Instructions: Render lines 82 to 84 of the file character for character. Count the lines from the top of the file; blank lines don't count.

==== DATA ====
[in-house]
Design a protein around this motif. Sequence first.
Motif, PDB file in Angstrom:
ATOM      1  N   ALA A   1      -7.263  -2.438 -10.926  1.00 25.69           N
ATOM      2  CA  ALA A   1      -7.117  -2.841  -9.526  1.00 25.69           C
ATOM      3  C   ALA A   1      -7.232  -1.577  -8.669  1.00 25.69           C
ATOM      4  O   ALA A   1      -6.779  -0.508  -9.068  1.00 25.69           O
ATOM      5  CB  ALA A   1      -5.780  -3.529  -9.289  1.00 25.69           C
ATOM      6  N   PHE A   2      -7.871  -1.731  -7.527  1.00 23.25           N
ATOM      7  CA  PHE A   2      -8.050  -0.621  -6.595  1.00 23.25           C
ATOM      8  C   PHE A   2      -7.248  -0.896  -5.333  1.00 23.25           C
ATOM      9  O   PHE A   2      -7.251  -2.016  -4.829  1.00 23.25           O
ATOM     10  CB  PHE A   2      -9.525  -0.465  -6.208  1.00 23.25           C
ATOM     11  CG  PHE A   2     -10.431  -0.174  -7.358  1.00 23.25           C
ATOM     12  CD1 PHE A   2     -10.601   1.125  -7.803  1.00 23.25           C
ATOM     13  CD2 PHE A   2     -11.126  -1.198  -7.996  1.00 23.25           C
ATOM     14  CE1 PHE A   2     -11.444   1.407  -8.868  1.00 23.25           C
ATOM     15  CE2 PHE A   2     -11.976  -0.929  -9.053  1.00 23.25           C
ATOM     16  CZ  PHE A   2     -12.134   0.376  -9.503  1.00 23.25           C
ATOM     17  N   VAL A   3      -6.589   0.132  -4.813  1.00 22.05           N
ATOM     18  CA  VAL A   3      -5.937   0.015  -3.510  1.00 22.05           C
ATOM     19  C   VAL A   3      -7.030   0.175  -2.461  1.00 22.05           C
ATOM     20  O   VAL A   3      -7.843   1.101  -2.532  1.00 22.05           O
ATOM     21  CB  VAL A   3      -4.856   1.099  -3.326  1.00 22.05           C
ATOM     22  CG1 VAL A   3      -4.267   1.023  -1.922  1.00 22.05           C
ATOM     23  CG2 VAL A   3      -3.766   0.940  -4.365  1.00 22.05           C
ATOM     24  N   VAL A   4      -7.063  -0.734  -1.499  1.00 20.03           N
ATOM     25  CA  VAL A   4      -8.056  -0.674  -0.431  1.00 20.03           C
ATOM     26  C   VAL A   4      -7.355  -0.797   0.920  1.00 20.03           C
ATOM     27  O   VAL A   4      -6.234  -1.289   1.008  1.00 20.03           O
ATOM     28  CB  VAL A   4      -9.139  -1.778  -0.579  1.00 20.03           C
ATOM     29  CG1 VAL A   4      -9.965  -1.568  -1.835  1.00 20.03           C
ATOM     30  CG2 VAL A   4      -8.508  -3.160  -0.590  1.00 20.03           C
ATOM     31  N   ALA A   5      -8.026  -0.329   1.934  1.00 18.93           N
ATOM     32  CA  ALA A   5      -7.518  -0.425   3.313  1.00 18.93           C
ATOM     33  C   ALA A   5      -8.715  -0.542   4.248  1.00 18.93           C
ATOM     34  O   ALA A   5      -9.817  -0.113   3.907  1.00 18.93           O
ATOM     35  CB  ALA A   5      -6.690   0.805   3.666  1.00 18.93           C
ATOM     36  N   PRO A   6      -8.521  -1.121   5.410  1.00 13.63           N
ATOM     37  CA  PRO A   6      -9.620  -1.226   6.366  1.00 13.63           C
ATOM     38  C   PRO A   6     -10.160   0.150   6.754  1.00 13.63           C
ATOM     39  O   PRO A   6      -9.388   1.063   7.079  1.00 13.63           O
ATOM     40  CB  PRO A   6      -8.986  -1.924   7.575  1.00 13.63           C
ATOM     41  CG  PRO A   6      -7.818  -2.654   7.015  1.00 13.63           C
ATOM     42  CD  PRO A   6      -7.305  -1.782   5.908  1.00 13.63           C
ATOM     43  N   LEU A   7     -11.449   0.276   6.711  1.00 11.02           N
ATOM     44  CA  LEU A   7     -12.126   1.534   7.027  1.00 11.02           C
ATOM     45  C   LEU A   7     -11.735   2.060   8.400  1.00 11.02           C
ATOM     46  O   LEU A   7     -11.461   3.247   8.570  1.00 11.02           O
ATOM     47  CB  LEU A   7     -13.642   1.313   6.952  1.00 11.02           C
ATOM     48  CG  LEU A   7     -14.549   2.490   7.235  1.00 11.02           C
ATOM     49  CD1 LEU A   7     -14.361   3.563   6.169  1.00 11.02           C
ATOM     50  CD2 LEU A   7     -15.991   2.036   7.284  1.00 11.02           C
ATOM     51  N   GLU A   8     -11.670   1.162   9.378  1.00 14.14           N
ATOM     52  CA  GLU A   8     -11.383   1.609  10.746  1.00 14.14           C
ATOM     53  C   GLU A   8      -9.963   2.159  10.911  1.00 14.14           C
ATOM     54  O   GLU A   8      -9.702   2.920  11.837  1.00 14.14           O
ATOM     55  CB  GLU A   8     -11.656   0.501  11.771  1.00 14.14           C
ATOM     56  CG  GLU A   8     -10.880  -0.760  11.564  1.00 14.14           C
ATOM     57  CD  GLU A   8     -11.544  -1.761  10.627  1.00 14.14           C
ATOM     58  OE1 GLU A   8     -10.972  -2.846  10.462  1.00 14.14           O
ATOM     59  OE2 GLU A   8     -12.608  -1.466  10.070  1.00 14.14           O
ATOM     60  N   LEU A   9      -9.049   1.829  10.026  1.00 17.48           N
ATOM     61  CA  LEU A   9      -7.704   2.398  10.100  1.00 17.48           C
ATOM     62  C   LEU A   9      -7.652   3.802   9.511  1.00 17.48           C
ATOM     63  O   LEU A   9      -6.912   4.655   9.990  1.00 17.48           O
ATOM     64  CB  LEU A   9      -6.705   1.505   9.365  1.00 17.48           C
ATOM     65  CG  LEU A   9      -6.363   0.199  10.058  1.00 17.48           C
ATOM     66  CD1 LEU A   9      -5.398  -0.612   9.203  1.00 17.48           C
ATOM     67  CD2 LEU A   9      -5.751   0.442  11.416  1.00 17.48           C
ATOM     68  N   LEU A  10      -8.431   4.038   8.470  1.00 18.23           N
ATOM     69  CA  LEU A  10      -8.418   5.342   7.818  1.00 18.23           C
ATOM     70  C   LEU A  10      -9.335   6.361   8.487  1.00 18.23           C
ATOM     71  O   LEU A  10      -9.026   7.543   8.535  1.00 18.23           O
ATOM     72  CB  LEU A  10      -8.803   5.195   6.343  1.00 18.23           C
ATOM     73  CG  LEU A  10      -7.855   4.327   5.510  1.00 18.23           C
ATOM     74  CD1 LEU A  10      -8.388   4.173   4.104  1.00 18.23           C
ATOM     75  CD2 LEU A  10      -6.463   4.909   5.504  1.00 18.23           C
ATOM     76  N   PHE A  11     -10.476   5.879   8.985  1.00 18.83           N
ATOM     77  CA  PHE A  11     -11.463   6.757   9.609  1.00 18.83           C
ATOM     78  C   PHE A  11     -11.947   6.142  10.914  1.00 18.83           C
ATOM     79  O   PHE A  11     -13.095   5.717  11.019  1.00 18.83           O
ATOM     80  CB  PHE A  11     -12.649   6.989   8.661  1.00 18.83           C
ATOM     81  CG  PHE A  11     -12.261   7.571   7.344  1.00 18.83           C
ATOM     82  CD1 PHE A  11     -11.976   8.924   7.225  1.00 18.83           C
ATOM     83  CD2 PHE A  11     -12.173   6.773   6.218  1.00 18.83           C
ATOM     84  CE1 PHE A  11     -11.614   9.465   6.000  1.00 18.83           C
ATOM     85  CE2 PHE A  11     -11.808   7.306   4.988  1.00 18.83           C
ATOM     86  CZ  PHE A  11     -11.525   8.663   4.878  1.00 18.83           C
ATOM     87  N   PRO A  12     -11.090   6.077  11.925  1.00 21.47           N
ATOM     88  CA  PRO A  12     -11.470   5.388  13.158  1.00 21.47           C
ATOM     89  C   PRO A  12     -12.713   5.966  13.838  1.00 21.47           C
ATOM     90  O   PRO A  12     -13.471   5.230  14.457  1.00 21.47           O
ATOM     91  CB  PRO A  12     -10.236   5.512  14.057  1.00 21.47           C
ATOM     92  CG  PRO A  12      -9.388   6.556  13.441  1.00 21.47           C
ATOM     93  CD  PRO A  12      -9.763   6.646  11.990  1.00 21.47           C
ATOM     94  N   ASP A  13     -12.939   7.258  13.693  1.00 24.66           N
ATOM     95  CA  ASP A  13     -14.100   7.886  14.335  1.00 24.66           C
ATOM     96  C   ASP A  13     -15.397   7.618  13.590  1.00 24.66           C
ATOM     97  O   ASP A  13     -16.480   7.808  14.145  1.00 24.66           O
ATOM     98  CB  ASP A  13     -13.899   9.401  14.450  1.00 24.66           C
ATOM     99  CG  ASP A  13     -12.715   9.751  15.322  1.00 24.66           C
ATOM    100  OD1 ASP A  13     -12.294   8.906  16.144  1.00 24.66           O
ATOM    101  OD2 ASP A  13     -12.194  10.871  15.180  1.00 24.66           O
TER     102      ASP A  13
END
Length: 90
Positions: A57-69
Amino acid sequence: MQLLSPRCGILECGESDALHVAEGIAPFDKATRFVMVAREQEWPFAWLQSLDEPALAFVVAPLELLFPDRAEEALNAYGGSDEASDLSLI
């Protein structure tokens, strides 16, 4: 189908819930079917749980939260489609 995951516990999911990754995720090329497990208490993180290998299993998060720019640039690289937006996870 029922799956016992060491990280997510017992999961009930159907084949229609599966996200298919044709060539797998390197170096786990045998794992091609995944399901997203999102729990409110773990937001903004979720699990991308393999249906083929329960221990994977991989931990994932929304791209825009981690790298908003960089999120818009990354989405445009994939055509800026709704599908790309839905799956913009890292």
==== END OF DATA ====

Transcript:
ATOM     79  O   PHE A  11     -13.095   5.717  11.019  1.00 18.83           O
ATOM     80  CB  PHE A  11     -12.649   6.989   8.661  1.00 18.83           C
ATOM     81  CG  PHE A  11     -12.261   7.571   7.344  1.00 18.83           C